Fatty's Magic Pants/Fatty's Suitless Day

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Fatty wants to take a dame to a tango whirl, but he has two problems. First, a dress suit is required and he has none. Worse, the dame's notion of dance seems limited to shimmying like a floozy. So when a dude comes along sporting formal duds, and who has no problem with the dame's shimmy, she drops Fatty to jump on this dude's jock. So good riddance, Fatty's problems are solved, and he lives happily ever after - right? Of course not. We paid to see Fatty suffer, and won't be satisfied until he's dragged down lower than us - so we can have a good laugh. Best of all, we get to see him dance.This was reworked into 1916's The Waiters Ball.

Online: Internet Archive


The Waiters Ball

The premise of 1914's Fatty's Magic Pants/Fatty's Suitless Day is ported to a hash house, where the cook and the waiter are in fierce rivalry for the fickle affections of the cashier, both trying to be the one chosen to go with her to The Waiters Ball. Along the way, the restaurant is used as a stage to showcase Roscoe's kitchen acrobatics and a variety of fast-paced comic skits.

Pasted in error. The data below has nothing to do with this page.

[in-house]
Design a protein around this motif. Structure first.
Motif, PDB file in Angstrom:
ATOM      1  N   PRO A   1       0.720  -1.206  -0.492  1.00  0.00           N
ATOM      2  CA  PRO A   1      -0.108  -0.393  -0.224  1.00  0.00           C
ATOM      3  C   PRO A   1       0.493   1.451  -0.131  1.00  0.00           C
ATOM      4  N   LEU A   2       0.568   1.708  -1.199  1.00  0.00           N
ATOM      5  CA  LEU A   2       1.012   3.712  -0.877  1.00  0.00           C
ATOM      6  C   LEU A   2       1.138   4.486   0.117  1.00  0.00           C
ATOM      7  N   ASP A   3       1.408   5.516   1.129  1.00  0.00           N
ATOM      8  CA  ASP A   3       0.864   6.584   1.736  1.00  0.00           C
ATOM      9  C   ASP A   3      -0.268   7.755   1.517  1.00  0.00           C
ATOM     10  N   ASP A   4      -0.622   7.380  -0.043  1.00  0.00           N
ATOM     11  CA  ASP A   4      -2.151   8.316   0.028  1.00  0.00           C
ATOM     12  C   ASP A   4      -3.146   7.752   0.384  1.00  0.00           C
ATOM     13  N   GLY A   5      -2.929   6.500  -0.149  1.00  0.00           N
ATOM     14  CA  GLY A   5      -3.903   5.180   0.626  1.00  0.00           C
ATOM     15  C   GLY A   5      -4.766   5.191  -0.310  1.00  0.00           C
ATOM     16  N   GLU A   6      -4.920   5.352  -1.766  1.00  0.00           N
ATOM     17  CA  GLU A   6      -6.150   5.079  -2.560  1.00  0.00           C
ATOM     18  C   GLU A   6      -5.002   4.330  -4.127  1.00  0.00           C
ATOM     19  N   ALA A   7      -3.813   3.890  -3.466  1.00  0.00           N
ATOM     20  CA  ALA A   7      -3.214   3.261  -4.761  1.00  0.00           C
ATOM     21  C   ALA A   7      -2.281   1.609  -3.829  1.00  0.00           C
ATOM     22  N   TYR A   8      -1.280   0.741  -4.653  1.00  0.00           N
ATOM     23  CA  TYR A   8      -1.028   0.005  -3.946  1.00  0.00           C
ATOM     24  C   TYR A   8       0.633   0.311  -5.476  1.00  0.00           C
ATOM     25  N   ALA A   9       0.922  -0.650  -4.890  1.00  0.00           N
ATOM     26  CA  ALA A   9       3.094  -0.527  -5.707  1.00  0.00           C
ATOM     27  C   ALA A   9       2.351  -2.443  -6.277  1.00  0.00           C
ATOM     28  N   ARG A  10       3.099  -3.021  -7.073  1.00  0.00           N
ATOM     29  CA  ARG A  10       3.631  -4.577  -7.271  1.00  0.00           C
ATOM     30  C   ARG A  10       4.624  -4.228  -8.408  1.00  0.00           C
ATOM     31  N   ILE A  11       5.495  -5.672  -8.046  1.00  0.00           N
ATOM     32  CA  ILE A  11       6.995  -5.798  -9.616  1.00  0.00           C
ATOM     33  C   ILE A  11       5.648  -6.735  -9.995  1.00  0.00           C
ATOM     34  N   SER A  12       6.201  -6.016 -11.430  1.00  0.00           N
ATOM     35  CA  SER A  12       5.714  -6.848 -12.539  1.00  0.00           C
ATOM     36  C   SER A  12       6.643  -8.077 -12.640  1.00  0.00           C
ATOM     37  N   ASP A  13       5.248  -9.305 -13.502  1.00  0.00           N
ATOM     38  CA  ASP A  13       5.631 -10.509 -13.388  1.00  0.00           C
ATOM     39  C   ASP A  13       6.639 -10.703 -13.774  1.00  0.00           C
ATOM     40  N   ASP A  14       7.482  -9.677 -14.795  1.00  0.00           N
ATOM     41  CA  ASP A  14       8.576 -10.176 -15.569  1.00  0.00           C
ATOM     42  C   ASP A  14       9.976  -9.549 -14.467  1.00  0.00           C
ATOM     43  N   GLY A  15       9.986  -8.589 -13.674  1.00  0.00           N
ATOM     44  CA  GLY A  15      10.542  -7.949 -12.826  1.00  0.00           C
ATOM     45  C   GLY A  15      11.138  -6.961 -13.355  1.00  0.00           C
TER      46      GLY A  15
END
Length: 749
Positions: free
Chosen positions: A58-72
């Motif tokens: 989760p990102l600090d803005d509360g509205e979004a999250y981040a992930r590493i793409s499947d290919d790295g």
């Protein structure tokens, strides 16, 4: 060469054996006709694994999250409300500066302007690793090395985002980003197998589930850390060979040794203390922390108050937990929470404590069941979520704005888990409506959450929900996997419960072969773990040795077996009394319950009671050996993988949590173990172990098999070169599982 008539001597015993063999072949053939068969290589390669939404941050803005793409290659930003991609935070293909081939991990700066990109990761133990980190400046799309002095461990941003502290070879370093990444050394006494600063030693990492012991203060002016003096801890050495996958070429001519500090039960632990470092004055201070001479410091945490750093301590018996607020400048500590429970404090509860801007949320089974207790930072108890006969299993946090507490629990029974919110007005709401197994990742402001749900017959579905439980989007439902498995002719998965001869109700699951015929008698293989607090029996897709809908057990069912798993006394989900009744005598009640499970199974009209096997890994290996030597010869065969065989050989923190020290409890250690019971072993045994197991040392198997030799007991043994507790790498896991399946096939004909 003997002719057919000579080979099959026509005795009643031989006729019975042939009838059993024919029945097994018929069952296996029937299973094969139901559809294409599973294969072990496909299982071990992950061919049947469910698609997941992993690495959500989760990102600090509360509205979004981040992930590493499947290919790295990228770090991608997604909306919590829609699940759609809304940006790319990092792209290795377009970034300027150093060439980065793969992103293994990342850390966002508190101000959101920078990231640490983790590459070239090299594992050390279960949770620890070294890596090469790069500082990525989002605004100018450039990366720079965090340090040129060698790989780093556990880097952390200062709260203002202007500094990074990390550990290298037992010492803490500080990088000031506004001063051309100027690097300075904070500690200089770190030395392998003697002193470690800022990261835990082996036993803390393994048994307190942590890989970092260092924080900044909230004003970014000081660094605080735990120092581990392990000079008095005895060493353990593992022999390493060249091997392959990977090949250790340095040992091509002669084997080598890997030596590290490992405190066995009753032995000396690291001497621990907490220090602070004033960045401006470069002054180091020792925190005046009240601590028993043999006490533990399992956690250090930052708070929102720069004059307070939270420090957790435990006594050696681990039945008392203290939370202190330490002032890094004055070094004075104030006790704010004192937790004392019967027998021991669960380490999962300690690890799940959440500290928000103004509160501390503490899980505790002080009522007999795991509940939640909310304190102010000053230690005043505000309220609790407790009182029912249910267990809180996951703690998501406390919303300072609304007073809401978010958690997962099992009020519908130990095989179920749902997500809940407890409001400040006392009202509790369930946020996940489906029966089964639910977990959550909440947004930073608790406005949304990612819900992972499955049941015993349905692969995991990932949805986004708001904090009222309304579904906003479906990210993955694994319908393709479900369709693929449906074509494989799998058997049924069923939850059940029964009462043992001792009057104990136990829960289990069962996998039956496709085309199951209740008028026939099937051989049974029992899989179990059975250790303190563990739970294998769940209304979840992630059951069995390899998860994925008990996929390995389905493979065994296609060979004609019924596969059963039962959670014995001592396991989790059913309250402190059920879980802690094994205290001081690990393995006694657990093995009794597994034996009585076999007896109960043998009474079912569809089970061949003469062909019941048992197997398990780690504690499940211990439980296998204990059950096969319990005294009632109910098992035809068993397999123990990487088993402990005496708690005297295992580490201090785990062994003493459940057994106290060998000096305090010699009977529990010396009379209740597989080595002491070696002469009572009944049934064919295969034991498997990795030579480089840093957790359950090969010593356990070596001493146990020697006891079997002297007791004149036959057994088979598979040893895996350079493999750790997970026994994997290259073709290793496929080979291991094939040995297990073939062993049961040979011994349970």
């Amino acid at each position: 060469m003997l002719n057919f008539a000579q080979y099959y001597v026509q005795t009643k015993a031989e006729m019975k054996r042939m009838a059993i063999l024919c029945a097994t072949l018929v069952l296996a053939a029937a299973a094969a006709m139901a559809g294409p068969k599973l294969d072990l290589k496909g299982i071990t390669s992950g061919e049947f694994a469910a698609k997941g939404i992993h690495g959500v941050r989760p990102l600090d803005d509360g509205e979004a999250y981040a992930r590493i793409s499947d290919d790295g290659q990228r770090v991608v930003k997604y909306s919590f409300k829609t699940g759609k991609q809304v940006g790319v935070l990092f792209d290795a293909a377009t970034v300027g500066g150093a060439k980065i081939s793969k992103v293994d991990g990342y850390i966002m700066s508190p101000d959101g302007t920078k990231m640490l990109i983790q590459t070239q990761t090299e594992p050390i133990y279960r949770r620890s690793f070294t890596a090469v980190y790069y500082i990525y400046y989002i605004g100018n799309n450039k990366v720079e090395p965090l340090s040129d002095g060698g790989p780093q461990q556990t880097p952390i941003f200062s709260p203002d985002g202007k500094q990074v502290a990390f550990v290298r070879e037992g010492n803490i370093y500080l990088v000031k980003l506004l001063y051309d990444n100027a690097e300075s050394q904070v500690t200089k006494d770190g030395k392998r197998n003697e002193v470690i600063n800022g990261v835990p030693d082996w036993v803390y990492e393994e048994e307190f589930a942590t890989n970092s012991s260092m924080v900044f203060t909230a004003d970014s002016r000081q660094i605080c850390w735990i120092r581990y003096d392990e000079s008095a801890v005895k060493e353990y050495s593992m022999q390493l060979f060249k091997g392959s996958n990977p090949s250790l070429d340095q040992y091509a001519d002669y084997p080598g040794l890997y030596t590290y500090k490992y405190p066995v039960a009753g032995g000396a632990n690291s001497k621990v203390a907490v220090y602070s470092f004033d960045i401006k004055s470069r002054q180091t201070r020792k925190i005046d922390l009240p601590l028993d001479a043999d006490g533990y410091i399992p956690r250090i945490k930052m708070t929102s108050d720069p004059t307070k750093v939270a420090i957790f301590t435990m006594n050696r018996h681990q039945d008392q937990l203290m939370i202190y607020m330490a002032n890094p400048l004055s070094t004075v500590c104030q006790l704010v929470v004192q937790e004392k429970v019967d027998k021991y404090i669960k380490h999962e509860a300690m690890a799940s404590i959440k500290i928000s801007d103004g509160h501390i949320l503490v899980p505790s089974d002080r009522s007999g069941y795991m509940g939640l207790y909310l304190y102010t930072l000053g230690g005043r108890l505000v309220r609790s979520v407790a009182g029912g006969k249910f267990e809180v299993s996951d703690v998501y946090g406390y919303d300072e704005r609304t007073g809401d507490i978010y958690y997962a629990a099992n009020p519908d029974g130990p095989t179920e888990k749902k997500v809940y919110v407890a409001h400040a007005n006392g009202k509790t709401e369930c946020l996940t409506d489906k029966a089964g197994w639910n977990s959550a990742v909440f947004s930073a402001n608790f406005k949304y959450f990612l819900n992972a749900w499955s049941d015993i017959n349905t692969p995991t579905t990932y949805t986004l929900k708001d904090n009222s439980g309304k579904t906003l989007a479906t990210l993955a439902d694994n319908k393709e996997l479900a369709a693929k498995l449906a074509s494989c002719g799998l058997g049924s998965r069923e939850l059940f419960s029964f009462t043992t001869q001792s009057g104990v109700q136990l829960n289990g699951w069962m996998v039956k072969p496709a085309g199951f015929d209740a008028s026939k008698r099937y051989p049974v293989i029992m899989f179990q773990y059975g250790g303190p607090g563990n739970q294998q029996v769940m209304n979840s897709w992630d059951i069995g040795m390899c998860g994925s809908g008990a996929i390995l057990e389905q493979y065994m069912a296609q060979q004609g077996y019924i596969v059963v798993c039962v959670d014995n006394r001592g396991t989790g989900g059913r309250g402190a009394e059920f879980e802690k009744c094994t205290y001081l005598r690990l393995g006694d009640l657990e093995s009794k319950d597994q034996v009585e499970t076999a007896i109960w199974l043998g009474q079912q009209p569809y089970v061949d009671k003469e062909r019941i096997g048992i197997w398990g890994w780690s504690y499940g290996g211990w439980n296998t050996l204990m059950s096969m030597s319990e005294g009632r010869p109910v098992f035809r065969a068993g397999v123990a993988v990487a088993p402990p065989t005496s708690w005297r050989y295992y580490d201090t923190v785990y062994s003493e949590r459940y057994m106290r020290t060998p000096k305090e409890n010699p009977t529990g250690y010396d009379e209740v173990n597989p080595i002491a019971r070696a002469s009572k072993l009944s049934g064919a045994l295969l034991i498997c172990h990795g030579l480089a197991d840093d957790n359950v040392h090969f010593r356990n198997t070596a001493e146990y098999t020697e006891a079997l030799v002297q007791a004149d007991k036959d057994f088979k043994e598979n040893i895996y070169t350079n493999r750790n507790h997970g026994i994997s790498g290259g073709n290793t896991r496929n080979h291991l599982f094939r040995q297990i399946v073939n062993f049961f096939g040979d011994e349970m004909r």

This gem feels like a milestone in Arbuckle's growth from the often limited and flimsy material of Keystone to the wild and unhinged inventiveness of Comique. Most of the best elements of Comique-style comedy are here - even though Buster hasn't arrived yet. There's more craziness than the eye can keep up with, so the more this is viewed, the better it gets.

Metatheatrics rating (Number of smiles, winks, and other asides to the audience): 13 (Roscoe 6, Al, 6, Kate Price 1)

NOTE: Restoration posted on Internet Archive is visually better, but reconstruction posted on YouTube has additional scenes.